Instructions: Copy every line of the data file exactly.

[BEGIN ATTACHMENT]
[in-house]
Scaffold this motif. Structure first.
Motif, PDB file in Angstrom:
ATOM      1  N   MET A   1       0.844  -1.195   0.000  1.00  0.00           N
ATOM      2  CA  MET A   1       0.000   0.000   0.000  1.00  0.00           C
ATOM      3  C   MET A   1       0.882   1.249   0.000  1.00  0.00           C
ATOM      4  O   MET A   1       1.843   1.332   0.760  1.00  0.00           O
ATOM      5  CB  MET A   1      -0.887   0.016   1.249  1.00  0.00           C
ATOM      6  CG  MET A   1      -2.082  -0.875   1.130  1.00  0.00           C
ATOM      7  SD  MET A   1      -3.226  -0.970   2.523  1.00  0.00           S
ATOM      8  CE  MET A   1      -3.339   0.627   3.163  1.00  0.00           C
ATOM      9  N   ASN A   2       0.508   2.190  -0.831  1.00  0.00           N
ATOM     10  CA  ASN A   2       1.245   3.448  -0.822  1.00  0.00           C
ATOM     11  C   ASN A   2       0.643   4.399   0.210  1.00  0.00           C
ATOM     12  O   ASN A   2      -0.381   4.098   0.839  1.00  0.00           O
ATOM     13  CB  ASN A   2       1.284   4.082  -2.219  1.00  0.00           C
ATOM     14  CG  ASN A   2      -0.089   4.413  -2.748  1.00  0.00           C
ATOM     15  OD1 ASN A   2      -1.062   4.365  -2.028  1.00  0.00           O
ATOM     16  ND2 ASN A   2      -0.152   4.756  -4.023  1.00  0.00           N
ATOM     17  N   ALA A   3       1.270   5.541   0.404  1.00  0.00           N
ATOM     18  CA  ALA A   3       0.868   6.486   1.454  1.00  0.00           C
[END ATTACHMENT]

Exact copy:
[in-house]
Scaffold this motif. Structure first.
Motif, PDB file in Angstrom:
ATOM      1  N   MET A   1       0.844  -1.195   0.000  1.00  0.00           N
ATOM      2  CA  MET A   1       0.000   0.000   0.000  1.00  0.00           C
ATOM      3  C   MET A   1       0.882   1.249   0.000  1.00  0.00           C
ATOM      4  O   MET A   1       1.843   1.332   0.760  1.00  0.00           O
ATOM      5  CB  MET A   1      -0.887   0.016   1.249  1.00  0.00           C
ATOM      6  CG  MET A   1      -2.082  -0.875   1.130  1.00  0.00           C
ATOM      7  SD  MET A   1      -3.226  -0.970   2.523  1.00  0.00           S
ATOM      8  CE  MET A   1      -3.339   0.627   3.163  1.00  0.00           C
ATOM      9  N   ASN A   2       0.508   2.190  -0.831  1.00  0.00           N
ATOM     10  CA  ASN A   2       1.245   3.448  -0.822  1.00  0.00           C
ATOM     11  C   ASN A   2       0.643   4.399   0.210  1.00  0.00           C
ATOM     12  O   ASN A   2      -0.381   4.098   0.839  1.00  0.00           O
ATOM     13  CB  ASN A   2       1.284   4.082  -2.219  1.00  0.00           C
ATOM     14  CG  ASN A   2      -0.089   4.413  -2.748  1.00  0.00           C
ATOM     15  OD1 ASN A   2      -1.062   4.365  -2.028  1.00  0.00           O
ATOM     16  ND2 ASN A   2      -0.152   4.756  -4.023  1.00  0.00           N
ATOM     17  N   ALA A   3       1.270   5.541   0.404  1.00  0.00           N
ATOM     18  CA  ALA A   3       0.868   6.486   1.454  1.00  0.00           C